Alison Margaret's arms are adorned with as many tattoos as the punk and metal musicians who play at venues like the Annex or the Frequency. But Margaret leads a jazz quartet backed by a soothing vibraphone and a stately upright bass. She gigs at places where wine and fine dining are in vogue, the Brink Lounge and Restaurant Magnus.
Her body art is just another way Margaret reinvents music for modern accessibility. She's currently working on a CD that reinterprets traditional folk songs using modern jazz harmonies and rhythms. "Applying modern chord structures to old tunes is something that I love to do," she says.
Margaret's efforts to demystify musical tradition are more than skin deep. The 31-year-old, Madison-based jazz vocalist and pianist wants to revolutionize the way jazz is taught and to forge connections between musical improvisation and social activism.
As a graduate student in music education at UW-Madison, Margaret is writing papers that call for the jazz curriculum to move away from what she calls "the tenets of West European art music." She advocates for the primacy of the "aural tradition," handing down songs and improvisational skills from one generation to the next through listening and emulating.
It's an approach consistent with Margaret's own pathway to jazz. Her mom was a church musician and bandleader. Her dad played guitar and sang. Margaret took piano lessons growing up in DePere, Wis. She joined her high school jazz band when her family later moved to Rockton, Ill.
"I knew in high school that I wanted to study jazz," says Margaret. "It was just something that naturally appealed to me. Performing and connecting with the audience is one of the things I like best about being a musician."
Margaret moved to Madison, "very spur of the moment," in 2004. She had been living in Chicago, where she completed an undergraduate degree in vocal jazz performance at Columbia College and sang in local funk bands.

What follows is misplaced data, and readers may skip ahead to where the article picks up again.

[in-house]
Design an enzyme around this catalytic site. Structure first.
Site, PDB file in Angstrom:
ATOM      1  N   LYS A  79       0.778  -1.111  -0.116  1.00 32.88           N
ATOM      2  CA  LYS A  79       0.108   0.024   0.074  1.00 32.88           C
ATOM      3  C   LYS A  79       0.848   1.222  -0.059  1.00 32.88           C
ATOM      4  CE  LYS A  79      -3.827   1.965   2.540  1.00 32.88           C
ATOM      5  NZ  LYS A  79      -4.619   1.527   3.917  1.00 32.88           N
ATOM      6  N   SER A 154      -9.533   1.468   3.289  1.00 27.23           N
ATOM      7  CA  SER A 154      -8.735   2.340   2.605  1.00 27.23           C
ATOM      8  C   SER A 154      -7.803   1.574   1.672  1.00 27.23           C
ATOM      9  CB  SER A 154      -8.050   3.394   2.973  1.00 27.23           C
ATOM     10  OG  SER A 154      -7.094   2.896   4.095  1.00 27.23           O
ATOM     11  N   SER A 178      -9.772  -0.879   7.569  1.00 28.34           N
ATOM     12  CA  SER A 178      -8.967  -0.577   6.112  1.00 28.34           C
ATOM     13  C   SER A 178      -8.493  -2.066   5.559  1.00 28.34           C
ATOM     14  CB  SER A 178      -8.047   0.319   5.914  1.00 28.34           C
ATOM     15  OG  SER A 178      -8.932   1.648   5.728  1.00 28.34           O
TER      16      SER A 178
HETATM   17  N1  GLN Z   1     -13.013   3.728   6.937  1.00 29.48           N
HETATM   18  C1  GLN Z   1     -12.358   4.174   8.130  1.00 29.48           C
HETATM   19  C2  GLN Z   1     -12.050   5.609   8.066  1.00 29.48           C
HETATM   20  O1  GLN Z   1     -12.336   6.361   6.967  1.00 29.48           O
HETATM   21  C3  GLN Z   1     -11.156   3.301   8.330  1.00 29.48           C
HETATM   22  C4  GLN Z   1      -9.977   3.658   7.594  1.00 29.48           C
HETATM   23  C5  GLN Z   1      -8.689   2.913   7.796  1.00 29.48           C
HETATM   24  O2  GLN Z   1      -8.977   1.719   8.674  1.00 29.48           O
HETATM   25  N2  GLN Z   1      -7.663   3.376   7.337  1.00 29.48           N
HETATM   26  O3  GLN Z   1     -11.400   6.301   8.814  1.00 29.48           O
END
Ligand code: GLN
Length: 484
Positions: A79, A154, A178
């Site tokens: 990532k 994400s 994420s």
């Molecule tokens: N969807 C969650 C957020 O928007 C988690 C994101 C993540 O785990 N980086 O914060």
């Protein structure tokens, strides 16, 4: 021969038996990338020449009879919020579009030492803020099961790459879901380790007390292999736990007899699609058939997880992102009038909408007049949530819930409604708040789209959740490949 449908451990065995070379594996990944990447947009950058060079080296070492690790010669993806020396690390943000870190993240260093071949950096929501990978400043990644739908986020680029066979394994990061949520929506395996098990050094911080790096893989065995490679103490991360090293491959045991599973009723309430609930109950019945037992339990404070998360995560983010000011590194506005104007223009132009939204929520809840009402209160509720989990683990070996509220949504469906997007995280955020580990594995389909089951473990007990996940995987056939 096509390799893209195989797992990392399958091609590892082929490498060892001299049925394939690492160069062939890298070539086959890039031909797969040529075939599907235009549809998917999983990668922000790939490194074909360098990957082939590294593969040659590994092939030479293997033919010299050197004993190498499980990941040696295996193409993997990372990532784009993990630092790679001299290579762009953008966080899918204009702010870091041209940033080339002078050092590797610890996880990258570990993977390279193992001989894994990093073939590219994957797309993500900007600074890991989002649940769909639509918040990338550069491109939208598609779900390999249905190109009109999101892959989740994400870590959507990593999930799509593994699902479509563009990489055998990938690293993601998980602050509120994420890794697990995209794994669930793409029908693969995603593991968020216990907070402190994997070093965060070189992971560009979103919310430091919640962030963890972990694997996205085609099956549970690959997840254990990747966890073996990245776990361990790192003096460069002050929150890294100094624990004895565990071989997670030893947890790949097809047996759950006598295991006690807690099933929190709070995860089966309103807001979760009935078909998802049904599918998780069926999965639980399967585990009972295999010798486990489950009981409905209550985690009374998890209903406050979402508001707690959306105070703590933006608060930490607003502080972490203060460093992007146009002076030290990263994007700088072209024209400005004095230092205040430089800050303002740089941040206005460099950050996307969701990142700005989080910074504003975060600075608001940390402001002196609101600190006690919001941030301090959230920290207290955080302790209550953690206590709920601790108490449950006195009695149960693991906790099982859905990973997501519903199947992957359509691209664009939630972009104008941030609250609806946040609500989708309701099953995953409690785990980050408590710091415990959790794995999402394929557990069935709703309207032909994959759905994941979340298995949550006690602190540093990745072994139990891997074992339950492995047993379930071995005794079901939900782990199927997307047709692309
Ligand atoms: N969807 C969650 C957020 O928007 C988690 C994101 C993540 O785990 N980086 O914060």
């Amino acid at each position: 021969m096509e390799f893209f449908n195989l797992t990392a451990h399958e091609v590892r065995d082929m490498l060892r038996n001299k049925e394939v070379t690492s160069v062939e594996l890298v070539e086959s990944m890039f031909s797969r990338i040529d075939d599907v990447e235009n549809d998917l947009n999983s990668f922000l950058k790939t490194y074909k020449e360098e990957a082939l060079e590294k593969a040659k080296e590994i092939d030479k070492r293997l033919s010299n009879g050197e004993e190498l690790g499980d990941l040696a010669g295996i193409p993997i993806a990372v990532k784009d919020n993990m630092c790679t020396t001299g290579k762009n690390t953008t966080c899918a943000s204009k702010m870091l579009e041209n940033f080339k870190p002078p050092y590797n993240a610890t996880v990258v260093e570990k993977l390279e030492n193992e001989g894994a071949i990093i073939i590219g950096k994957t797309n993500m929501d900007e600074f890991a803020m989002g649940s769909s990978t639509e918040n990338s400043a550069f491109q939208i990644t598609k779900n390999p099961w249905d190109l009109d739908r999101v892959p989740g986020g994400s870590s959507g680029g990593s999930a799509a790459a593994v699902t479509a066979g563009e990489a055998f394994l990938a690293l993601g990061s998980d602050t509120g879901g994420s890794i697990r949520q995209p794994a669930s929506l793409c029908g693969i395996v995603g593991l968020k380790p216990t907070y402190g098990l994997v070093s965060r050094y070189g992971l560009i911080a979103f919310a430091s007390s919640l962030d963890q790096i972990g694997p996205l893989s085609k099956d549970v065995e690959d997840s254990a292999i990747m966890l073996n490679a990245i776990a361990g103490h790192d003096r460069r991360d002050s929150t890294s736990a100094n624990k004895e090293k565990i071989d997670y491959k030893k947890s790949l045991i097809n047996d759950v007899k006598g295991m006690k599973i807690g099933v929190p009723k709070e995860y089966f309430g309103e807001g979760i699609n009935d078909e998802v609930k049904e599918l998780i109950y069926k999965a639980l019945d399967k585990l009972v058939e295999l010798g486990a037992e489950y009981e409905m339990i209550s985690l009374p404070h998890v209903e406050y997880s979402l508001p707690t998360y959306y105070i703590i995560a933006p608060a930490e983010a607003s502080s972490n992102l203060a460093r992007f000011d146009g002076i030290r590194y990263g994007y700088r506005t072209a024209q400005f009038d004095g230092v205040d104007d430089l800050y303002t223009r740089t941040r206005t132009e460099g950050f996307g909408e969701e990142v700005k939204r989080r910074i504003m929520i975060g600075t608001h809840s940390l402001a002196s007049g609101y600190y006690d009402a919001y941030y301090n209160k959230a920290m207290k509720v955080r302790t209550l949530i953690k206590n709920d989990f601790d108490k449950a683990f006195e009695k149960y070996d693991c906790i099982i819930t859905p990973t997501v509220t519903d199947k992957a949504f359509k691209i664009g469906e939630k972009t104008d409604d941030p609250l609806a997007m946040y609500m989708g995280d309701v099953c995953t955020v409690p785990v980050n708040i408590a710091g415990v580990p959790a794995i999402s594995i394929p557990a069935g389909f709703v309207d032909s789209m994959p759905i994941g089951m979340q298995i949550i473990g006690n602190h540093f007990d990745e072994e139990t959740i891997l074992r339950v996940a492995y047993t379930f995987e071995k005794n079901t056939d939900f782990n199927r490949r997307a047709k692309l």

Since moving here, Margaret has connected with the local jazz scene. She spends her days teaching performance at Wardt-Brodt Music Mall.
In the cultural tradition that is uniquely Madison, Margaret has begun to forge links between art and social activism.
"I'm interested in the idea of music as a tool of social inclusion and am building a thesis about improvisation as a way of collaborating, creating social relationships and pursuing social justice."
Margaret describes herself as a social activist. She says she is a member of the American Civil Liberties Union. "Jazz has deep roots in cultural awareness," she says.
Margaret's jazz quartet is composed of Geoff Brady on vibraphone, John Christensen on upright bass and Michael Brenneis on drums. In December, the quartet will release a CD called Shades of Morning. The disc's approach to folk songs represents Margaret's commitment to "aural traditions."
She says her favorite song on the new disc is a track called "Homeward Bound." It's a reinterpretation of a modern folk song written by Marta Keen.
"In my interpretation, it is a song about the restless feeling to find independence, to experience life to its fullest, to search for self," says Margaret.
"The character sets out far from home, perhaps realizing that home is where she is meant to be and that in time, she will return."
Every note of the track feels painstakingly deliberate, revealing why the Alison Margaret Jazz Quartet has emerged as one of the best local groups in this genre.